It is the inescapable 21st-century vexation of the vain. Smartphones allow a person to take selfies as fast as the index finger can click, yet from a dismayingly close distance that may leave the subject dissatisfied.
Don't fret, a team of Rutgers and Stanford University researchers says in a new analysis published Thursday. The culprit is distortion.
Using a mathematical model, the group found that in a selfie taken from 12 inches away, the nose appears 30 percent wider than in a photo taken from 5 feet.
The researchers undertook the analysis because plastic-surgery patients — who spent more than $16 billion on cosmetic procedures in 2016, according to the American Society of Plastic Surgeons — often cited their appearance in selfies as justification for getting a nose job.
Boris Paskhover, an assistant professor at Rutgers New Jersey Medical School's department of otolaryngology, wanted to set the record straight.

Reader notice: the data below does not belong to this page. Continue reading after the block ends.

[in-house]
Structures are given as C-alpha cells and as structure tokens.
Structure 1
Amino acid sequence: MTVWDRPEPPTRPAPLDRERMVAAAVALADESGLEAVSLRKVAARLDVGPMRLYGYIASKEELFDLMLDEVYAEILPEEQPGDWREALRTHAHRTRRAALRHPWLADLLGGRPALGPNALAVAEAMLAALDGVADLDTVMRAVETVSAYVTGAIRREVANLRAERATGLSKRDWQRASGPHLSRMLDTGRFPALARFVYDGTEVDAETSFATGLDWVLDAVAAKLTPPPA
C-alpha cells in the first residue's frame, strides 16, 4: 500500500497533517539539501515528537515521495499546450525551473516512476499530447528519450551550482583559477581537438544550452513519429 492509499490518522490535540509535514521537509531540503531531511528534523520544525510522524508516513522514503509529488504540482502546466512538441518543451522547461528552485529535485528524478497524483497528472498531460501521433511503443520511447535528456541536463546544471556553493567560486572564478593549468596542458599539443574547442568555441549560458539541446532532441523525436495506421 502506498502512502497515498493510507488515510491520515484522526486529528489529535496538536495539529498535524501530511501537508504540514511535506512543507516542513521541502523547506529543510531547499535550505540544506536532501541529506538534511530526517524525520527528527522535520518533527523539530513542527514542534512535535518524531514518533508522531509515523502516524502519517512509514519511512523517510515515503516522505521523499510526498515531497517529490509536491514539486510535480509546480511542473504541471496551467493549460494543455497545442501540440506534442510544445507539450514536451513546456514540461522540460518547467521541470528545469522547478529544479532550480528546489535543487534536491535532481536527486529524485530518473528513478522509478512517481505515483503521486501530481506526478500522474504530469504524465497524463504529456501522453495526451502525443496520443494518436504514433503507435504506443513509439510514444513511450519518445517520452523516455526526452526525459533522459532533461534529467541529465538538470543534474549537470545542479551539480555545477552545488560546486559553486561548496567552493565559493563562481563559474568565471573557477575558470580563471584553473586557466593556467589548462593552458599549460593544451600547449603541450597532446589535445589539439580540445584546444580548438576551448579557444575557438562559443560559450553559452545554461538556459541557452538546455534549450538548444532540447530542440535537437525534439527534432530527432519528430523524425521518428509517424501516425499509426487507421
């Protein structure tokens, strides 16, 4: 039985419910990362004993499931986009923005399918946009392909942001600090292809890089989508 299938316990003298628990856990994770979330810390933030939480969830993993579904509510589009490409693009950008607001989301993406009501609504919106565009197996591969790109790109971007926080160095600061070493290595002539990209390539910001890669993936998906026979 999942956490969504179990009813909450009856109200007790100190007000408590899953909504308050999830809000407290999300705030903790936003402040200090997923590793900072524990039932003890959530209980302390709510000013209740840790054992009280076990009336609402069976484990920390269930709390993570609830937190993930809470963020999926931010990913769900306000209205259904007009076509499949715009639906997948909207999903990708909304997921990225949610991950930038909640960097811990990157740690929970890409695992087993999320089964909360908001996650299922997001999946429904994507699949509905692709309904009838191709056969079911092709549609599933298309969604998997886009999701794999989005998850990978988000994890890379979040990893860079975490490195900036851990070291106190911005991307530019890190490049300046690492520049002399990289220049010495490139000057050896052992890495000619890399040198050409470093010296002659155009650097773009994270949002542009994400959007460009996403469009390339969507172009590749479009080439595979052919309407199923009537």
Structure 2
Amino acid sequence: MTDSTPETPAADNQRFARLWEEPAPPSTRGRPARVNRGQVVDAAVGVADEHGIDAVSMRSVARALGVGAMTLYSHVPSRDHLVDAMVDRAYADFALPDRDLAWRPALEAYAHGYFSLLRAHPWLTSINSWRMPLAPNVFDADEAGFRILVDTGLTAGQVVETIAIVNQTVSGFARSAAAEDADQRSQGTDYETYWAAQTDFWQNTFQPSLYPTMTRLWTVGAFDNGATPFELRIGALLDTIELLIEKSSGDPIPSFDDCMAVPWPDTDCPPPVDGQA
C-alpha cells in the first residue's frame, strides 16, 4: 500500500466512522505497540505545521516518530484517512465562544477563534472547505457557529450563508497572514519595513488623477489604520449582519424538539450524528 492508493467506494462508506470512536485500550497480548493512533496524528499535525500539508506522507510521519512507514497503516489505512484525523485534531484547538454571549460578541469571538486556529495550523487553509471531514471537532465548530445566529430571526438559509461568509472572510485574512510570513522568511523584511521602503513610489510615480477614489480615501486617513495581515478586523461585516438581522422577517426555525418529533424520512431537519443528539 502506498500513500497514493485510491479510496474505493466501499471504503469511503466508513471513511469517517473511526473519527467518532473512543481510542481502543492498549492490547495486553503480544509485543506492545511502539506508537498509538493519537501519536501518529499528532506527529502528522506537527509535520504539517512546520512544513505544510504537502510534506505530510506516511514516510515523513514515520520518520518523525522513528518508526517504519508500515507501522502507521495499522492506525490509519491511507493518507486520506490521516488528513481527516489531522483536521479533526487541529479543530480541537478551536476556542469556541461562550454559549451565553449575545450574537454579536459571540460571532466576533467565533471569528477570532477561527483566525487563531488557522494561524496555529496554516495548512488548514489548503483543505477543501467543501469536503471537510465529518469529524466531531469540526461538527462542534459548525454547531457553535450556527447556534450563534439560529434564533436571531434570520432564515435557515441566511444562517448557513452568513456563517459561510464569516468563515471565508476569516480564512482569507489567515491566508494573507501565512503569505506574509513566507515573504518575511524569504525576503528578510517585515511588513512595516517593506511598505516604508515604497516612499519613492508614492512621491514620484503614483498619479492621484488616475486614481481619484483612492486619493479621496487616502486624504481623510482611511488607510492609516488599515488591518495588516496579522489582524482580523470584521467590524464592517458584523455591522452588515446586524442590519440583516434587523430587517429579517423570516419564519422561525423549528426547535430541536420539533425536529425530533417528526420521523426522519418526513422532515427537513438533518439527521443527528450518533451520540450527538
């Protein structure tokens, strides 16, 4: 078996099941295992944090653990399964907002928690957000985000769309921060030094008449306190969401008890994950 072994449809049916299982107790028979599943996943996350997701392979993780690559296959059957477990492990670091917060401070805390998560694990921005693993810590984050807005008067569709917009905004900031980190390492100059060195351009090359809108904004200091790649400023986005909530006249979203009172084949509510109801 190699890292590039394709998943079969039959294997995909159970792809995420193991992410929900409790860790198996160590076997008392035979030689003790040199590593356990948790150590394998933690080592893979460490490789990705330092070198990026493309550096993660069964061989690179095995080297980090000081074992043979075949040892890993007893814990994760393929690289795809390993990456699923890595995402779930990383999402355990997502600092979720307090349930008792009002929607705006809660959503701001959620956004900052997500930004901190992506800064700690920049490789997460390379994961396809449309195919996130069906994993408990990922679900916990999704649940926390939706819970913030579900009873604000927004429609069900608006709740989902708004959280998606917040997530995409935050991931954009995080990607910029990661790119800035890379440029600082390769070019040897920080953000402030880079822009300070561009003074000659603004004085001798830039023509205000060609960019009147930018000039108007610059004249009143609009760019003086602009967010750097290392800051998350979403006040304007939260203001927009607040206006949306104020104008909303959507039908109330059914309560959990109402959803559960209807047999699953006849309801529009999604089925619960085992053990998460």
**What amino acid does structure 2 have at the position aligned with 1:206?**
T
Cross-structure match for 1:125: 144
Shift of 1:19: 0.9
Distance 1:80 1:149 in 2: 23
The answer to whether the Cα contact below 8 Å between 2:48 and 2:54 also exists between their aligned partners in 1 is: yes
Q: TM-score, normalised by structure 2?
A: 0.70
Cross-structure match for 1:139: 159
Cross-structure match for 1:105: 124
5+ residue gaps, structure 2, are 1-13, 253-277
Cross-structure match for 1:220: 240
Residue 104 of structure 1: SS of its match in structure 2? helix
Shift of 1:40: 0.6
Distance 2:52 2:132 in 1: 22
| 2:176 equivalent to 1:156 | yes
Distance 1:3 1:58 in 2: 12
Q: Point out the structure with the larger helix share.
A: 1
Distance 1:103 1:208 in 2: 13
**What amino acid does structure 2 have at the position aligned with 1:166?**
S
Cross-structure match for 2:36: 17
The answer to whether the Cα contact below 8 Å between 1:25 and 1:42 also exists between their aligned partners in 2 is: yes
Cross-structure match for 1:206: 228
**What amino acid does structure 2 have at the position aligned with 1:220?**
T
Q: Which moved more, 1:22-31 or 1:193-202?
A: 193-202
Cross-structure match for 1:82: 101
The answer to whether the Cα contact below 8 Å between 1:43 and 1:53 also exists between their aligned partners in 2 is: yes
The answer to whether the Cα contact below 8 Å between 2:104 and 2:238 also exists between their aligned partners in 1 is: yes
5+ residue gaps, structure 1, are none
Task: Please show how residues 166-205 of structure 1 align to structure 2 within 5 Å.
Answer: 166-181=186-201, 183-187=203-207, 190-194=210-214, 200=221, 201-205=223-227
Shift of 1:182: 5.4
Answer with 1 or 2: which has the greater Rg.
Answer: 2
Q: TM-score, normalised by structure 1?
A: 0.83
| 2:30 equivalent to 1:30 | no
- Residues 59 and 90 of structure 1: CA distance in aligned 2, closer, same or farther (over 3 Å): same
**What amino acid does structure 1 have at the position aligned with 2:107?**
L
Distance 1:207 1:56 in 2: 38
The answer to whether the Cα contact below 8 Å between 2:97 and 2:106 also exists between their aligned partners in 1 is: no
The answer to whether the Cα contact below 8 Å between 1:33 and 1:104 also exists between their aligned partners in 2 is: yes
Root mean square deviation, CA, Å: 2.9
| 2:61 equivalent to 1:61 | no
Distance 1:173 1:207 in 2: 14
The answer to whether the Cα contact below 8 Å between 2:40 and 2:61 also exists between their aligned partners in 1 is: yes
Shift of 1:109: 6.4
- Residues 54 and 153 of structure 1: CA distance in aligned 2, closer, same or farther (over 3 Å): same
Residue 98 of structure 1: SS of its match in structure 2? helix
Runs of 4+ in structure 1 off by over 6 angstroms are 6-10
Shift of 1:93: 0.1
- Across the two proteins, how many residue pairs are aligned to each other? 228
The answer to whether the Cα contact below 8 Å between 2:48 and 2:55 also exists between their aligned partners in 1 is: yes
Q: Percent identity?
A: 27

"Young adults are constantly taking selfies to post to social media and think those images are representative of how they really look, which can have an impact on their emotional state," Paskhover said in a Rutgers news release. "I want them to realize that when they take a selfie, they are in essence looking into a portable funhouse mirror."
To calculate the degree of nasal distortion in up-close photos, Paskhover worked with Ohad Fried, a research fellow in Stanford's computer science department. In addition to the 30 percent increase in the apparent width of the nose in selfies, the team also found that the close vantage point made the tip of the nose appear 7 percent wider.
Their findings were published in JAMA Facial Plastic Surgery.
In this social-media-obsessed world, Paskhover, who specializes in facial plastic and reconstructive surgery at University Hospital in Newark, N.J., is not alone in seeing patients who are unhappy with their selfies.
In a 2017 poll, 55 percent of surgeons reported they had seen patients who sought plastic surgery in order to look better in selfies, the American Academy of Facial Plastic and Reconstructive Surgeons said.
Yet nose jobs, formally called rhinoplasty, appear to be on the wane, according to the American Society of Plastic Surgeons. Surgeons performed 218,924 of the procedures in 2017, down 2 percent from the year before, and down a whopping 44 percent since 2000.